There is little doubt that Judas Priest are one of the greats. Since their inception in 1969 the Brits have sold over fifty million albums worldwide and, as Wacken found out a couple of years ago, are still as strong today as ever. The Grammy award winning Brits are currently completing their nineteenth studio album. Who knows maybe it takes twenty albums to land in a spot in the Hall Of Fame.

Then comes fellow Brits Motorhead. Lead by the legendary Lemmy Motorhead are considered the forefathers of British heavy metal. If there was ever a time for Motorhead to be inducted into the Hall Of Fame it is now – the band officially disbanded in 2015 after the tragic death of Lemmy. That same year saw the death of original drummer Phil Taylor while Eddie Clarke passed away in 2018 and Larry Wallis in 2019. With all founding members of Motorhead now sadly passed away this was the right time for them to rightfully find their way into the Hall Of Fame.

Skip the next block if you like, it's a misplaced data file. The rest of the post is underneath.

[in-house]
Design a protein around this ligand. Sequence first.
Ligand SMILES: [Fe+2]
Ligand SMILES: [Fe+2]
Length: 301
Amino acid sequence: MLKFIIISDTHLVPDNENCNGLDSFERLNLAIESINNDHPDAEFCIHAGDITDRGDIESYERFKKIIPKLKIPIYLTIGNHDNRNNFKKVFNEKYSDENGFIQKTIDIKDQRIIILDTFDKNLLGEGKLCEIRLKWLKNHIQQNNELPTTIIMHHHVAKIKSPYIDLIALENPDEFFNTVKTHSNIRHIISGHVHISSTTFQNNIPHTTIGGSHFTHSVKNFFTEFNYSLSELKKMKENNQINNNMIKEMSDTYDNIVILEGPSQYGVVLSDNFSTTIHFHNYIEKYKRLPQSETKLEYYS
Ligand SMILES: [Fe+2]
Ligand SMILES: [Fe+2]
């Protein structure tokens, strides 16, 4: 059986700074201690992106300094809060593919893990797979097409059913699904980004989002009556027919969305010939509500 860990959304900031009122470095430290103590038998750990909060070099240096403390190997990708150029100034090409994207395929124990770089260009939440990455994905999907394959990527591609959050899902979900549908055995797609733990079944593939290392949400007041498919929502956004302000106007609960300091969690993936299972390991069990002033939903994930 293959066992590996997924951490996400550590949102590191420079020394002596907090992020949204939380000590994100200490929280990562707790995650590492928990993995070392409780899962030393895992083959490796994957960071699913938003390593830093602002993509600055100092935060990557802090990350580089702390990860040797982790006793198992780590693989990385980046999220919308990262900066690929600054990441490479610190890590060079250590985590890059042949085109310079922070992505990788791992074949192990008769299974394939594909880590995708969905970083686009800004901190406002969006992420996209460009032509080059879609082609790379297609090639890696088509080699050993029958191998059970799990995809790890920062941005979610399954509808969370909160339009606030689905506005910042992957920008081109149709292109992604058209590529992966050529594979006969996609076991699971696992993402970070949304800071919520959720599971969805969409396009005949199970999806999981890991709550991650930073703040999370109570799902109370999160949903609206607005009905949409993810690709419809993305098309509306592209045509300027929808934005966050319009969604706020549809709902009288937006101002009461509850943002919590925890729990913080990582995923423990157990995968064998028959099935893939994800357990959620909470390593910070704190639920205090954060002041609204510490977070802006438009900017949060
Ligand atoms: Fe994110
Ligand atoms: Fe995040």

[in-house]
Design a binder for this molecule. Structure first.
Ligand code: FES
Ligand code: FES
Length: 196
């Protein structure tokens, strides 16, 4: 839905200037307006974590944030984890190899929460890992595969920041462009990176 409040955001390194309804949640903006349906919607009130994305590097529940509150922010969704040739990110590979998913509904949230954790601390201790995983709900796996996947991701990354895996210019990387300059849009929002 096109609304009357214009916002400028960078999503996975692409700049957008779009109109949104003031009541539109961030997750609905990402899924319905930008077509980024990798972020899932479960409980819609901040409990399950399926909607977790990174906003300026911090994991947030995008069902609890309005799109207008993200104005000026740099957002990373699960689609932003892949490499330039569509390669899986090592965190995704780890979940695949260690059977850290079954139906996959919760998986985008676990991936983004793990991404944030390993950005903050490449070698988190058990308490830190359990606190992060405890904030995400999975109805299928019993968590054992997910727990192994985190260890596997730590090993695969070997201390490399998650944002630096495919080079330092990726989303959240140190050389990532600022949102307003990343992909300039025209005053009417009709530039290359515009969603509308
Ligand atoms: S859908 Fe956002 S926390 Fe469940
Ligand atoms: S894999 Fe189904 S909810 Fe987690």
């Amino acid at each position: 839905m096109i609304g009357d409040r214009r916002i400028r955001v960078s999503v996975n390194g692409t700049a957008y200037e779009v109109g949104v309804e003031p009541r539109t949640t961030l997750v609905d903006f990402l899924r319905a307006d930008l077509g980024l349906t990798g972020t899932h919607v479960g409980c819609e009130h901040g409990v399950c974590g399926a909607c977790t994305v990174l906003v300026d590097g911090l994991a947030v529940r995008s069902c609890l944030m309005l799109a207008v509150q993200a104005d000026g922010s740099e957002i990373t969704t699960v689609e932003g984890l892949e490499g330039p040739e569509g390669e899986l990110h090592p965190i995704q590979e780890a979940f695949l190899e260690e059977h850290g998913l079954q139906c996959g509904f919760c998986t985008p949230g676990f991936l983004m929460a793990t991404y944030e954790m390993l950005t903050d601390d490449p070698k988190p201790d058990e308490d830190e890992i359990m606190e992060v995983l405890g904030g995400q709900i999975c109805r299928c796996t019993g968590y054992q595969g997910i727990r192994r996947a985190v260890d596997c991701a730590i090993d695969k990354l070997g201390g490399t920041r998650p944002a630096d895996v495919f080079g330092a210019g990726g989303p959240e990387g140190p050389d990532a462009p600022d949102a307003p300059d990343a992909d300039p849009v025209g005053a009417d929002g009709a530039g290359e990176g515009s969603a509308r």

Last, but not least, comes Irish rockers Thin Lizzy. To many they are the band that penned the classic The Boys Are Back In Town but Thin Lizzy’s history goes a lot deeper than that.  Bands such as Alice In Chains, Mastodon and Metallica have all declared that Thin Lizzy were a huge influence on them and their sound. The band also recorded twelve albums and have promised music fans that they are looking to re-form for some gigs in the future.

It might sound harsh but is it time to take another look at how artists are selected for the Rock ‘n’ Roll Hall Of Fame? The clear observations to come out of this year’s inductions are that it seems like the public vote counts for nothing and that artists who haven’t quite bided their time or fit the rock genre have somehow been inducted ahead of some of the true legends of the genre. The system seems broken and needs to be fixed as these snubs seem to as disrespectful as they unfair.

 

By Dave Griffiths